Our final project incorporates student interviews and clips from various family sitcoms.
Our final project incorporates student interviews and clips from various family sitcoms.
Revision: Condensed the questions and shifted the theme of the questions; instead of moving from personal to sitcom, we now focus primarily on the sitcom and only as one explicitly personal question and the end.
Main question: How do people make sense of the concept of family through sitcoms and personal experience?
Below are some sources we are exploring to give us more background on the different types of portrayals of televised families.
Honeycutt, James M., Lynn B. Wellman, and Mary S. Larson. “Beneath Family Role Portrayals: An Additional Measure Of Communication Influence Using Time..” Journal Of Broadcasting & Electronic Media 41.1 (1997): 40. Communication Abstracts. Web. 3 Nov. 2013.
“Family television programs can be used to educate real families by providing examples of effective and ineffective communication”
socializing influence of sitcoms
Morgan, Michael, Susan Leggett, and James Shanahan. “Television And Family Values: Was Dan Quayle Right?.” Mass Communication & Society 2.1/2 (1999): 47. Communication Abstracts. Web. 3 Nov. 2013.
Dan Quayle claimed that Murphy Brown was immoral (48)
perfect, “golden era,” antiseptic version of family in 1950s, then nontraditional families, antifamilies (49-50)
list of sitcom families + youtube links to clips
According to Jenkins, a transmedia story “unfolds across multiple media platforms, with each new text making a distinctive and valuable contribution to the whole.” That is to say, every outlet through which the story is being told, be it through film, novel, or video game, should be able to stand on its own. While every individual piece of media consumed would benefit from the background provided by other incarnations of the story, one need not seek out every related piece in order to “get” the story. A good example of a cultural artifact that uses transmedia storytelling is The Matrix. Below is a trailer for The Animatrix, which is an example of storytelling across platforms, illustrating the shift from the live action film to a collection of animated stories.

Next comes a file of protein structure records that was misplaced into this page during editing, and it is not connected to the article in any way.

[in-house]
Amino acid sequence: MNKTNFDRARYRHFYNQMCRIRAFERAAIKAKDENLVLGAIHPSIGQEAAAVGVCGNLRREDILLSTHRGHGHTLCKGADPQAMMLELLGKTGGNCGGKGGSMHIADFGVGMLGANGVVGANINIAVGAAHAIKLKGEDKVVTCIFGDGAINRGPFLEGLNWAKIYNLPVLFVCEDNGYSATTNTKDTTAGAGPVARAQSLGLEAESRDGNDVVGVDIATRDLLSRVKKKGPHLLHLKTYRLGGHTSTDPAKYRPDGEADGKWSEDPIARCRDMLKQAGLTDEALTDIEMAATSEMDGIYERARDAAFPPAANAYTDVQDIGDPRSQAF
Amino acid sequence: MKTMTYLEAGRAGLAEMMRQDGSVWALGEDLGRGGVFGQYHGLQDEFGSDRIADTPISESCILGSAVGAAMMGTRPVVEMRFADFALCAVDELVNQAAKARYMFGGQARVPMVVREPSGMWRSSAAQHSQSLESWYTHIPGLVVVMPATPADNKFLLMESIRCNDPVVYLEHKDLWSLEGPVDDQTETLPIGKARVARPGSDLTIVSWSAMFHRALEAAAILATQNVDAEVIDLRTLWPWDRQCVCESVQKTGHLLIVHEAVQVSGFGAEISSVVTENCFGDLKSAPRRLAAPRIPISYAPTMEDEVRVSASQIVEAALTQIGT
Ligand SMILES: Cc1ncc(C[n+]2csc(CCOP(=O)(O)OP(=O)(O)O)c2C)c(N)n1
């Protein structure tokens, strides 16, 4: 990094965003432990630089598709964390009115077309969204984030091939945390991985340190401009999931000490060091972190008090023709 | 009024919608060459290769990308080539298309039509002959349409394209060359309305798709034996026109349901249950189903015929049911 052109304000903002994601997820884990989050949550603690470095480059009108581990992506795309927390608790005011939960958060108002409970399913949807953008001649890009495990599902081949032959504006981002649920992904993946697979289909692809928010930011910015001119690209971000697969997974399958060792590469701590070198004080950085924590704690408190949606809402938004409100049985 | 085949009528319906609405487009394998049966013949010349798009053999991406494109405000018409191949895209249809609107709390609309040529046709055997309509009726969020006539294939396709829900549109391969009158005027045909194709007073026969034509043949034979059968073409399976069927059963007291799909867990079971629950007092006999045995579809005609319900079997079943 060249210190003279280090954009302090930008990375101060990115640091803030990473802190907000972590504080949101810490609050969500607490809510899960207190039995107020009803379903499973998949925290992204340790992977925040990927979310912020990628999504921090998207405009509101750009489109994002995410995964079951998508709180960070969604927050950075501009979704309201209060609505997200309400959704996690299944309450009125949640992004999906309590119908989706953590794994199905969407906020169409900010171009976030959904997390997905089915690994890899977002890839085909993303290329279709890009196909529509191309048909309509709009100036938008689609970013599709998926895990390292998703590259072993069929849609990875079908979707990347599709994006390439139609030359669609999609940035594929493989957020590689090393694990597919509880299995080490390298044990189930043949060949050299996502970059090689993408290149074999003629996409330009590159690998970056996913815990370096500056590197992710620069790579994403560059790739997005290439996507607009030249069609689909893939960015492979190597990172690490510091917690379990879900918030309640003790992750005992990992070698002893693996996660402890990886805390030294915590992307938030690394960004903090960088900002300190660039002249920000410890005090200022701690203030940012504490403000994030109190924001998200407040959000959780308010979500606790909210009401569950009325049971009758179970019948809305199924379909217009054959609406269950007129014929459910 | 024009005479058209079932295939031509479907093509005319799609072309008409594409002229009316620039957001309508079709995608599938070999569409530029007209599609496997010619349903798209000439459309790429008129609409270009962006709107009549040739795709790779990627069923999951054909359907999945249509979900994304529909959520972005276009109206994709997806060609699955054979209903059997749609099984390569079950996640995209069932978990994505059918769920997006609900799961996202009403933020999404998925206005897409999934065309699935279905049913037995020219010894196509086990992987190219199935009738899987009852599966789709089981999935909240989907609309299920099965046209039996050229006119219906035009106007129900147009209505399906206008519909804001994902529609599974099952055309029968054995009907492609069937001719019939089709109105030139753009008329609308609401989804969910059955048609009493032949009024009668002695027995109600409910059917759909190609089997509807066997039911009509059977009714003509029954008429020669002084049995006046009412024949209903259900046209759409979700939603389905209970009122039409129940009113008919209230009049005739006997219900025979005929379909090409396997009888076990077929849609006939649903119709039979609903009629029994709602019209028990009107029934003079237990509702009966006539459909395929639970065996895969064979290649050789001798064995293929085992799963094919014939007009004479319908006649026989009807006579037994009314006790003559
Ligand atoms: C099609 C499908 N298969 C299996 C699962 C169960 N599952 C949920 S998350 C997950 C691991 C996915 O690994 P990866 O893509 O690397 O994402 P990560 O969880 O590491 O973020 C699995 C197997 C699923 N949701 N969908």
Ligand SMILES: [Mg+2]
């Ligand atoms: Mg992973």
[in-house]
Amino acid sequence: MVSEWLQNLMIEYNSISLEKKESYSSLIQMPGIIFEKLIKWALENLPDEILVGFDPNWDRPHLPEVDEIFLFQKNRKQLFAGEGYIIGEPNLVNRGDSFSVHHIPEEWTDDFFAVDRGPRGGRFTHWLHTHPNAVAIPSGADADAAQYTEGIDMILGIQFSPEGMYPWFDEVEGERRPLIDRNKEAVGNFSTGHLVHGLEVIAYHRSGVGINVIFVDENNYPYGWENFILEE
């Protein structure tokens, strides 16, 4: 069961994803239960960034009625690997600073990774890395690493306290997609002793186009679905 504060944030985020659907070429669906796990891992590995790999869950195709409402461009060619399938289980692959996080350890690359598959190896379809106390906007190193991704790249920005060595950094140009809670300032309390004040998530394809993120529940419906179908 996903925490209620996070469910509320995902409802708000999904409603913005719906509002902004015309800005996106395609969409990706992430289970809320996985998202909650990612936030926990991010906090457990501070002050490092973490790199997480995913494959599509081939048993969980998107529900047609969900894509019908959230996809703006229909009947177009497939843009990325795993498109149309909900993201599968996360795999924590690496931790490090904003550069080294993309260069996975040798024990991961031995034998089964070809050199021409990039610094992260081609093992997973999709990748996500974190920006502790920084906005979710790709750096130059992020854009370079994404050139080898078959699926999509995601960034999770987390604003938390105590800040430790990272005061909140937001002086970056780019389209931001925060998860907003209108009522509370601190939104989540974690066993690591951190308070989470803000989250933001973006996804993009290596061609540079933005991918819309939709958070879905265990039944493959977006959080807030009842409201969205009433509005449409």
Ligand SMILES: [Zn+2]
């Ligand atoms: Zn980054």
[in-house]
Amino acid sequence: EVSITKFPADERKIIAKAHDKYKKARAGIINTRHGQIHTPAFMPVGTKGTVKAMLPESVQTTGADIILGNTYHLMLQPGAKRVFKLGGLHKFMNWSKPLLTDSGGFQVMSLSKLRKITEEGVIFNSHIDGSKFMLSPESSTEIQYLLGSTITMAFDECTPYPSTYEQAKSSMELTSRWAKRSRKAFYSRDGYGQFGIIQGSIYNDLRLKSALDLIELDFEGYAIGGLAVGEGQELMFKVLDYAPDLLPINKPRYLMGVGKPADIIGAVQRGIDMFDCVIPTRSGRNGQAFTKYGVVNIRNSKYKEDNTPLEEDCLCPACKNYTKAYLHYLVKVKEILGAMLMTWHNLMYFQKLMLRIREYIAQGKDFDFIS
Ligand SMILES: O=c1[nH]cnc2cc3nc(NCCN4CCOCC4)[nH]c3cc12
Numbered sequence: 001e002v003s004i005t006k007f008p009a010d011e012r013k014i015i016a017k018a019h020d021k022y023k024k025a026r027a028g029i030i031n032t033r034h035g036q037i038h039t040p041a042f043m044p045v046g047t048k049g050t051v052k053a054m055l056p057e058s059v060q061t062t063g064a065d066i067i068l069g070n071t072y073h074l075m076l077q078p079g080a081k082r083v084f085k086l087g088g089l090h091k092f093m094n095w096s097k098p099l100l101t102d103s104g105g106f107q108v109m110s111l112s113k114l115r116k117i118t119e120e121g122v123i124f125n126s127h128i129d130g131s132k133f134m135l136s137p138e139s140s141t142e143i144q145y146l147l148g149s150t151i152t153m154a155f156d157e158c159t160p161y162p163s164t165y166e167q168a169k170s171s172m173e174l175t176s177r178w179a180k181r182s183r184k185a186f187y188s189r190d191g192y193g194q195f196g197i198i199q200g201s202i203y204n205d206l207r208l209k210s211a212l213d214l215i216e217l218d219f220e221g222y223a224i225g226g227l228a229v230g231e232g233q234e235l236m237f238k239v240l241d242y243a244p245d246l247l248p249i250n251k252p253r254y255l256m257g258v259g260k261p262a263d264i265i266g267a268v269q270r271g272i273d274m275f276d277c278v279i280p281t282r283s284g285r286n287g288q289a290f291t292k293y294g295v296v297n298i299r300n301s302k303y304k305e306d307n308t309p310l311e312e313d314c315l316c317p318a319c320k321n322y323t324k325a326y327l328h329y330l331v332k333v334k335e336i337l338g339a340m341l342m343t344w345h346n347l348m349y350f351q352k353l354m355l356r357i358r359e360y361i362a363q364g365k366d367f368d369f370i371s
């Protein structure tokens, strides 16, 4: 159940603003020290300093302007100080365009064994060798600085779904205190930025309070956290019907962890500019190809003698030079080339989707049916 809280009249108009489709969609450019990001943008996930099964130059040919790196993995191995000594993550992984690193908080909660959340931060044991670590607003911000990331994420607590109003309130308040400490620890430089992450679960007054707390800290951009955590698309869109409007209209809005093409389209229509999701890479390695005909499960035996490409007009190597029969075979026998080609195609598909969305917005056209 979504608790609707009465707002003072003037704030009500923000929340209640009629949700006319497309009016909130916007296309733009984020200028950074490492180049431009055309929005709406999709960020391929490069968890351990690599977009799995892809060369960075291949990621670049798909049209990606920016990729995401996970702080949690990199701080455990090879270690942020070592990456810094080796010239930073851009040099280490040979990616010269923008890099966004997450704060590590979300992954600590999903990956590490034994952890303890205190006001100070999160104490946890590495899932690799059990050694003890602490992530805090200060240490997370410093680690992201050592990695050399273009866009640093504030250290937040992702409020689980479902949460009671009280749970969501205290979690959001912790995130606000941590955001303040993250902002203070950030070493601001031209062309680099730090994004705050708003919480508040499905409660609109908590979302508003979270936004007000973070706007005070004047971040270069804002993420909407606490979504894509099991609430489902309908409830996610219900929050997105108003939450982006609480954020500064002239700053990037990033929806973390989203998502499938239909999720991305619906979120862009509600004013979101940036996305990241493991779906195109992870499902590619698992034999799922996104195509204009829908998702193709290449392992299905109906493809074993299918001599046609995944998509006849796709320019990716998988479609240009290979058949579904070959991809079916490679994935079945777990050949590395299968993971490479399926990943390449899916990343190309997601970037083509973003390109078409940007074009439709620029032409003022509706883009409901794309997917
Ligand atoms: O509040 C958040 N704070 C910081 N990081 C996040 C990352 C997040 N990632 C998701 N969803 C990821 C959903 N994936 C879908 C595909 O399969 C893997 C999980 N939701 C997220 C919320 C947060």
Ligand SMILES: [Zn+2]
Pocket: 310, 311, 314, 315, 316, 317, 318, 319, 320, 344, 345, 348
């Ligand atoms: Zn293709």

It is worth noting that at the end of the trailer, there is an additional plug for the CD album, which is another platform through which The Matrix and all its related entities may continue to tell its story. With the trailer for The Animatrix, there are elements familiar to fans of the movie, with its dramatic angles, cuts, and fight scenes. In many ways, it is meant to draw in fans who already understand the source material, but it holds very little barrier for those who may have never seen the film. The announcer for the trailer declares that the stories in The Animatrix “takes the world of The Matrix to its unimaginable limits.” So while the animated stories exist within the world of The Matrix, the focus is not to continue the narrative of the films but rather continue building the world through the various lenses available through this different platform.
This look through multiple lenses is what ultimately signals a shift away from casual enjoyment to the ability to act as a cult piece of media. According to Jenkins, a cult artifact “must provide resources consumers can use in constructing their own fantasies.” The Matrix and its related entities more than deliver on this front with its various platforms and incarnations through which consumers may enter. However, for some viewers, consumers, and fans, these artifacts may go beyond the simply telling a story. In the need to gather all the information available on the world of The Matrix, fans may choose to buy, consume, and analyze every piece of media available in order to fully understand the constructed world. From an economic standpoint, this is ideal – a pool of passionate consumers willing to buy into every bit of the franchise that gets released to the public.